At Troika, we gathered around a bottle of juicy rose and spicy octopus tostadas. Mountains loomed in the distance, the air dry and warm on our backs. By this time, the sun’s grip began to fade, and so did my energy. It may have been the wine’s mellowing effect, or the morning’s surf session catching up with me, but the day was far from over. I caught a second wind on the rooftop of Casa Frida, a winery with a restaurant and overnight accommodations. The bar and lounge, which sits above its tasting room, is the type of place where bartenders put little flowers in your cocktails. That evening, people mostly sat along the perimeter of the space and watched a handful of other people who seemed to be truly enjoying themselves on the dance floor, which in reality is just a sliver of open space near the DJ booth. A young woman (whom we’d run into in Ensenada the next day) with dark curls played a mashup of the latest Top 40 hits.

And since we three women are the type of people who like to truly enjoy ourselves, we danced and twirled and laughed our way through rounds of flower-adorned cocktails until the records weren’t the only ones spinning (in my case, at least). Before we piled back into the Jeep, a decade of nostalgia from our college days and our 20s washed over me like a wave and I felt as if I could pass out right then and there, between them once again, content. To my left, a carefree adventurer and peacekeeper, long hair wound up in a messy bun. To my right, an organized and methodical homebody, meticulously applied lipstick. Both openhearted, funny (in that subtle, quietly offensive way?), enduringly patient, voracious eaters and passionate life-livers. My kind of people. But I heard we were getting tacos, and well, sometimes there are opportunities one just can’t miss.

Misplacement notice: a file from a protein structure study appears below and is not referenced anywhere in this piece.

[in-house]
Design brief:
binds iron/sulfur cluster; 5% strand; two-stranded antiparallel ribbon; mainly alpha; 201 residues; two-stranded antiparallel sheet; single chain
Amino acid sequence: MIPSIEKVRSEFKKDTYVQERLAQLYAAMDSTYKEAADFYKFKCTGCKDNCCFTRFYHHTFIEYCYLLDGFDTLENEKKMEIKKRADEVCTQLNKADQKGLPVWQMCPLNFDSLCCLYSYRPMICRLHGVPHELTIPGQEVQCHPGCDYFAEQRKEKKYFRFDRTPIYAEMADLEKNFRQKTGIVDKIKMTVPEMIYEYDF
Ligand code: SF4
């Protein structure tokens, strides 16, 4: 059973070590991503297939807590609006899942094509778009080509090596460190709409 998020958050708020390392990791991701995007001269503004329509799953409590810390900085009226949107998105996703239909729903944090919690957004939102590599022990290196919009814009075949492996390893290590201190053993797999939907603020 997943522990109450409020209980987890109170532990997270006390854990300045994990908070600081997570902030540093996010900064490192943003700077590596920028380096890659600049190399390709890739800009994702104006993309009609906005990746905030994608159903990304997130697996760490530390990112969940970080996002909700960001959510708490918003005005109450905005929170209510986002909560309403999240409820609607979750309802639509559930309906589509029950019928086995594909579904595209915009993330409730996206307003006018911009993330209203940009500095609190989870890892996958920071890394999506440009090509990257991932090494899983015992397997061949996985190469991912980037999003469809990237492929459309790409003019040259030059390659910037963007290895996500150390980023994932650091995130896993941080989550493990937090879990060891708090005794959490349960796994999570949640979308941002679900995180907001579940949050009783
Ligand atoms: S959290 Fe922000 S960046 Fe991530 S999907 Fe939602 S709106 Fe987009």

Our base for that long weekend in July was a beachy town called La Mision, and specifically an artfully appointed Airbnb that felt cozier and more chic than its internet photos expressed, which is like finding five dollars in your jeans pocket that didn’t get destroyed by the wash cycle—delightful. From La Mision, we bounced to Valle de Guadalupe wine country one day and south to Ensenada the next. In between, we surfed and sunned at nearby beaches, barbequed and made pizza, and made ample use of the community pool at our Airbnb (complete with oversized, inflatable swans, which most definitely made it onto my Instagram feed). Evenings in our rented, high-ceilinged townhome meant turning up the host’s bossa nova mixed CD on repeat and de facto soundtrack of the trip, turning on the baby pink salt rock lamp, and guzzling all the wine and beer we either brought with us or picked up during our days out. 

La Mision, Baja California

Increasingly, the travel memories I cling to aren’t wild, adrenaline-fueled moments, although when I feel restless, I close my eyes and I’m on the back of a motorcycle taxi in Colombia, scaling a lush, muddy mountain with Samantha. Or I’m repelling into rivers in New Zealand with Ayanna. Or cruising between the San Blas islands in Panama with Cynthia—it’s black-out dark, we’re plied with rum, cell service is scant. These days, my favorite travel mementos are quieter and almost as if, from the outside, not much is happening. They look like three older Millennial women, existing in each others company: Sprawled out on a sparsely populated beach in Mexico, flipping through magazines, reading a book, perfectly sedentary. It looks like sipping coffee on a cloudy morning and meandering conversation that traverses past, present, future anxieties, possibilities, and the overwhelm of reckoning with them all at once or contemplating the recklessness of never having to at all. And it can look like pausing for eight hours at the U.S.-Mexico border, surrendering to what’s next.